Jo's World Adventures 2005 travel blog

The vicuna reserve on the altiplano

Our first stop, a tiny, basic, dry and bare town on the...

The dry, eroded cliffs to the left of where I was standing...

Wetlands on the altiplano

Herds of llama and alpacas grazed the altiplano

Me at 4.910 metres above sea level. Oh, and my trusty side-kick.

More altiplano

In the town of Chivay, setting up for festivities in the main...

Looking through the main square in Chivay to the mountain sides above

Today's entertainment was the start of a two day tour to Colca Valley, with the main aim of visiting Colca Canyon and hopefully seeing the Andean Condor in the flesh. The very new Mercedes van picked me up at about 8.30am, and the tour group consisted of mainly very young Swedes and Norweigans, with a German or two thrown in for good luck. No Aussies! How unusual. We usually have a better representation than that.

The tour took our group back up to the altiplano that I had descended from on my way from Puno to Arequipa, and behind the three volcanoes that tower over Arequipa. Once up on the altiplano, I got a second, and closer look at the conditions, and they weren't quite as rosy as the sunset may have made them seem the other evening. The altiplano here is incredibly striking, but it's also incredibly dry. There are springs, and wet lands, but they are pockets of green amongst what is essentially a high altitude desert, where very little grows bar some very low lying plants.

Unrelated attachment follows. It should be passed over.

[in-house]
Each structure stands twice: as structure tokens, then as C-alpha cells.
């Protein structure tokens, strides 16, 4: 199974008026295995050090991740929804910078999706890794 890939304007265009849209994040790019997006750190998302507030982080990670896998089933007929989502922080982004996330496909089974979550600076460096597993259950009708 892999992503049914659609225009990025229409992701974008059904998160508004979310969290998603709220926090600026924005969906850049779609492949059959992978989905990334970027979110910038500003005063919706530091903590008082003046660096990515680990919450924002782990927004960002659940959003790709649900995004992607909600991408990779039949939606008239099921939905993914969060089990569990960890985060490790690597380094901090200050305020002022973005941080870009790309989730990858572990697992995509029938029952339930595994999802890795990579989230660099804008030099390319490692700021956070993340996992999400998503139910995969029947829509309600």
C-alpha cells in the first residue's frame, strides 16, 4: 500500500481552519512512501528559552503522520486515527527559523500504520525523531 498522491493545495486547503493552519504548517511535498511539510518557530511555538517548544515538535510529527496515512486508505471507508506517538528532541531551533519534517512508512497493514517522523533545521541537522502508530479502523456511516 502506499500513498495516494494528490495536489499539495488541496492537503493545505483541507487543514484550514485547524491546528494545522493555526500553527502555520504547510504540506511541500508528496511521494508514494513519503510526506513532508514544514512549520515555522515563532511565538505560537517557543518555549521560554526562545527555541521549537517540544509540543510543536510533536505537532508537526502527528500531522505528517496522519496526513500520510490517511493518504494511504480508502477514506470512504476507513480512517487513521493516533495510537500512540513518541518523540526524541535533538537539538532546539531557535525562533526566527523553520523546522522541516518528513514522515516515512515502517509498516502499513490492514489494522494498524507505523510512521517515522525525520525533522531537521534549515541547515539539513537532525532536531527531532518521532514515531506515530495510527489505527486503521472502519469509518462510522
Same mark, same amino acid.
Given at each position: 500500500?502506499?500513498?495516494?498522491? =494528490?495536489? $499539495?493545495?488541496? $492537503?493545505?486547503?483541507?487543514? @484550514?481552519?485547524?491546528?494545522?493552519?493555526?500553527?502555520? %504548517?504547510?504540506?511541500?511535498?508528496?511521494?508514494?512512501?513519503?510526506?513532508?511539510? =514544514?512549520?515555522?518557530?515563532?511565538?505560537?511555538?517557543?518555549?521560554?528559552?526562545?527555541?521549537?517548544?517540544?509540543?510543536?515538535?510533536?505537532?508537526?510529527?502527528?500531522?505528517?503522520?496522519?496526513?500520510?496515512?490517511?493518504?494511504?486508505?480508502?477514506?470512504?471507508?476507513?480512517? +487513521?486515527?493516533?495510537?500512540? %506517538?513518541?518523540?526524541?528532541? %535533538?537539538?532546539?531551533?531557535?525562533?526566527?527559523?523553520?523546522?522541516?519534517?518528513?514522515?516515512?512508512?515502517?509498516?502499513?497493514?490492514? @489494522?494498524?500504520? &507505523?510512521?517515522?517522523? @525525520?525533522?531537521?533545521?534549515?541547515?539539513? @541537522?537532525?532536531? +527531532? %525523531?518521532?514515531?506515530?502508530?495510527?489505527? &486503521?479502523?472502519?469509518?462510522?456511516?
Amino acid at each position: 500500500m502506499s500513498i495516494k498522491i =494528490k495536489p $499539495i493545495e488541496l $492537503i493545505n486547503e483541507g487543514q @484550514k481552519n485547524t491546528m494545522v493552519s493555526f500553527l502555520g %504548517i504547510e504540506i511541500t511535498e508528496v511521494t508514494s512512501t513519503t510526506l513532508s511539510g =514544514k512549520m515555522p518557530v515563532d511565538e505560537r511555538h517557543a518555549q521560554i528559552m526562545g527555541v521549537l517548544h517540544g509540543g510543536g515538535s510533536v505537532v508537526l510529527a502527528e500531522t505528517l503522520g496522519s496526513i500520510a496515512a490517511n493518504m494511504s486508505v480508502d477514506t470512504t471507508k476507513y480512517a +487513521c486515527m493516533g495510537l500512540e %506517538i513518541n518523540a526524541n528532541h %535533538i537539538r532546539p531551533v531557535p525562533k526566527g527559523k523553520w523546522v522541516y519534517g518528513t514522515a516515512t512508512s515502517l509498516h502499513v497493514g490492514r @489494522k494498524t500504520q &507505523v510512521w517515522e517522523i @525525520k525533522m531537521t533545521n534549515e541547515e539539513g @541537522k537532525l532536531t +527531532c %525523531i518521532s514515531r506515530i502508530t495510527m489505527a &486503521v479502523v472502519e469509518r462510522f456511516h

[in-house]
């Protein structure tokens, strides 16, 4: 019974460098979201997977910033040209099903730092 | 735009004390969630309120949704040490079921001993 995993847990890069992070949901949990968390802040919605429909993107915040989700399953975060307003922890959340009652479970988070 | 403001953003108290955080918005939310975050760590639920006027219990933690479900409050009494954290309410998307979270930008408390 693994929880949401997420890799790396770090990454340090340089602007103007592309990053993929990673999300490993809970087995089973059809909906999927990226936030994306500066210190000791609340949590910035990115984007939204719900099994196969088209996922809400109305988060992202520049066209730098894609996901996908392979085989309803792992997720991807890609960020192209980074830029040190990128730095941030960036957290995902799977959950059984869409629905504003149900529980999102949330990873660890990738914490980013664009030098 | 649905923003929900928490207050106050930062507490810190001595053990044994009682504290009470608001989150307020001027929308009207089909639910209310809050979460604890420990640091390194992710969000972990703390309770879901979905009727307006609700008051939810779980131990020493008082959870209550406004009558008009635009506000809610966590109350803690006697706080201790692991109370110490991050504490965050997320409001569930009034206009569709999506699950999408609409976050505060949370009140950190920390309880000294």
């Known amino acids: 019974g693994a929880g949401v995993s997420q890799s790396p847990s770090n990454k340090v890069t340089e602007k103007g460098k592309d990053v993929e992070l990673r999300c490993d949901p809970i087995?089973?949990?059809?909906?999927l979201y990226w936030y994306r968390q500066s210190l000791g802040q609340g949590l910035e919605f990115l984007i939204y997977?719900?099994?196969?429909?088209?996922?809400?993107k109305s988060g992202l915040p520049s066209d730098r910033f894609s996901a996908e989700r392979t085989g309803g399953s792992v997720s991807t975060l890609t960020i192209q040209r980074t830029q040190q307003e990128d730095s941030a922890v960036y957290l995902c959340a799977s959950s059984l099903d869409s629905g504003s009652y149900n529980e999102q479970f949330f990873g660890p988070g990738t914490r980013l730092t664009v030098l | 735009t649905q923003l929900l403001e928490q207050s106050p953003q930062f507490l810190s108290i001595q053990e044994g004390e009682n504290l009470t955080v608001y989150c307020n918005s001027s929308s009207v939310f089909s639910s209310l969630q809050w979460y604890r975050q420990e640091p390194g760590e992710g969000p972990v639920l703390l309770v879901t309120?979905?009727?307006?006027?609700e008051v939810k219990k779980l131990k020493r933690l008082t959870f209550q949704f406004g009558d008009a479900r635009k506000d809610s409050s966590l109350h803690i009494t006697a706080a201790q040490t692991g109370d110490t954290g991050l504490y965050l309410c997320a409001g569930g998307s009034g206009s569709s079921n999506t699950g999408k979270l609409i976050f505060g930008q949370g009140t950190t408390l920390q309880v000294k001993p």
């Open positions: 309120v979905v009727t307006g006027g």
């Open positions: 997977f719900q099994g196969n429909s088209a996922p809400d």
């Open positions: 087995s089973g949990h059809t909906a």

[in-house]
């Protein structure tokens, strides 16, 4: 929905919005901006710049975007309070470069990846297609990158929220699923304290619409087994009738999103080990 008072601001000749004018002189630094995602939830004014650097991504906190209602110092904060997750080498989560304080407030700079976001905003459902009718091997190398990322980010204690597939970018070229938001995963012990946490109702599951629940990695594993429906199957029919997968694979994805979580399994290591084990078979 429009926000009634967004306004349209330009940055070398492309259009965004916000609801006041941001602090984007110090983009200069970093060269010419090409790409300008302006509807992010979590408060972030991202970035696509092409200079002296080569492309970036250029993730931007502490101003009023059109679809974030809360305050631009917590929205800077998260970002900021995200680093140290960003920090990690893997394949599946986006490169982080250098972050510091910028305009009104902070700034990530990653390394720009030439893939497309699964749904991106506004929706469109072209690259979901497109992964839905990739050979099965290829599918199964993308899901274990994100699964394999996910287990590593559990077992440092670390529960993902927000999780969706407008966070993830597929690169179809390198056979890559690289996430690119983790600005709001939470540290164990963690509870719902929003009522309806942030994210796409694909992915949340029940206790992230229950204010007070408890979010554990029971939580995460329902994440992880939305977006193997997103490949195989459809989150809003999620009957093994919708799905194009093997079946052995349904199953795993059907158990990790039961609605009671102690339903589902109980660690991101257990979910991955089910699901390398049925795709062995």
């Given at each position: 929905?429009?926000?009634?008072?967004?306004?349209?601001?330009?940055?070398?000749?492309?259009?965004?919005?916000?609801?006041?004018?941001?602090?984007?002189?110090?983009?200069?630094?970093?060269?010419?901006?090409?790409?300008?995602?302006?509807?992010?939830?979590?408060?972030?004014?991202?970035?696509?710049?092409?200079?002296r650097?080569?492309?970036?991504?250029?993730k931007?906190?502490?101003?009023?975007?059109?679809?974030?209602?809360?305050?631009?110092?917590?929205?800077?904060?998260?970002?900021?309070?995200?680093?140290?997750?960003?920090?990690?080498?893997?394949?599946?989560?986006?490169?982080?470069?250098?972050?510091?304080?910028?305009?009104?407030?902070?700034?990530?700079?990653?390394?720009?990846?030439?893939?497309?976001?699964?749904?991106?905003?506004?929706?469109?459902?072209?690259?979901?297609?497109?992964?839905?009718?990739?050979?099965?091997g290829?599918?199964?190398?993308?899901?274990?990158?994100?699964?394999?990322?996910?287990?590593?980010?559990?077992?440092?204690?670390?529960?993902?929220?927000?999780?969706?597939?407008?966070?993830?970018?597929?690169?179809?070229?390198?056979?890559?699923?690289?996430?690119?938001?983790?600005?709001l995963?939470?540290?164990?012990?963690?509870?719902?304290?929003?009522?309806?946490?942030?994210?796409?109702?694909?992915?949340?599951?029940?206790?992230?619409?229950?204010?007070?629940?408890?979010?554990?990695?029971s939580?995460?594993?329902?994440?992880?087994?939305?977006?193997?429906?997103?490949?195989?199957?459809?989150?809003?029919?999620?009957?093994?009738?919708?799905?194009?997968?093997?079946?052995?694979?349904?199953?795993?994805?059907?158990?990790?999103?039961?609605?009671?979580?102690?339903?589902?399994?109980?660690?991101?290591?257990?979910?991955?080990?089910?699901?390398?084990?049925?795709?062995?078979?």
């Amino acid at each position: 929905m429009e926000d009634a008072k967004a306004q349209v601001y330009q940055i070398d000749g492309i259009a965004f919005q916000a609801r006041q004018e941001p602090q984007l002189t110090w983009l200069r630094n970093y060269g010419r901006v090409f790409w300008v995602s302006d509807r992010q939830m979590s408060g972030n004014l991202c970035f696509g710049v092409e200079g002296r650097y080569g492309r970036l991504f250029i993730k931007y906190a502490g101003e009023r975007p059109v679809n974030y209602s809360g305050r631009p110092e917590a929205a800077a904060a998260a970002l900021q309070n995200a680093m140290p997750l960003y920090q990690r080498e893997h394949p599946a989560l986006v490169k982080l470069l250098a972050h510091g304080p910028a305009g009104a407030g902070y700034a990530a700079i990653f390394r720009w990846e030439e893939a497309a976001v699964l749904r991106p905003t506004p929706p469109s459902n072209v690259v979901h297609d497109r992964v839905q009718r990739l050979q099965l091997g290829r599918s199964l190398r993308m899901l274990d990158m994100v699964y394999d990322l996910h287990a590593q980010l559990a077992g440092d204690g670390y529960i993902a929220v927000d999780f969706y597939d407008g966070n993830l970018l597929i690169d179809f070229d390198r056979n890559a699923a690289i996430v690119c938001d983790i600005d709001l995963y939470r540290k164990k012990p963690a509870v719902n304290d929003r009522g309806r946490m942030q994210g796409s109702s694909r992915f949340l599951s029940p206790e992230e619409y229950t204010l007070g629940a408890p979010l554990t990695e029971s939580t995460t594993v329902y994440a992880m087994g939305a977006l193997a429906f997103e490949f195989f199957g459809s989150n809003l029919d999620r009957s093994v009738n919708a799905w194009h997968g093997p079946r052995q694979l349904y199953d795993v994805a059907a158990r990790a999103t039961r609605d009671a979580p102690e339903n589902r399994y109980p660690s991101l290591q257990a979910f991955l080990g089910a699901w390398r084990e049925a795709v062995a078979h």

That people live in this exposed, parched environment is amazing. Mind you, to get here we passed through the shanty towns outside Arequipa, and I think I would rather live on the altiplano than in those towns, given the choice. The people here farm alpaca and llama, and a few sheep, and herds graze the altiplano right through the national reserve area that we drove through, alongside some wild, but extremely calm vicuna. The vicuna are rounded up every year or so and shorn, and re-released, so must be used to some handling.

We made several stops as we traversed the altiplano, including at one point where we were at 4,910 metres above sea level. Whilst my companions assiduously chewed coca leaves, ate coca cookies, and swilled coca tea, I was busy re-hydrating a rather sensitive stomach and decided that I could do without the local sure for altitude sickness. Fortunately for me, this is one thing that doesn't seem to affect me, and outside a plane, this is as high as I've ever been.

Our tour reached the town of Chivay, in the Colca Valley, at lunch time, and while the rest of the group headed out for a bit of a trek then a visit to the local hot springs, my leg barred me from participating in both activities, and I simply spent my afternoon patiently plotting my next movements as I navigated the local internet connection in a cafe, avoiding the dusty windy environment outside. Chivay is located at about 3,800 metres or so above sea level, which meant that as night fell, so did the temperatures, and rather than eating dinner in an unheated barn of a restuarant with the rest of my group, I instead chose to take refuge in my bed, cowering under the covers fully clothed, to keep myself warm.

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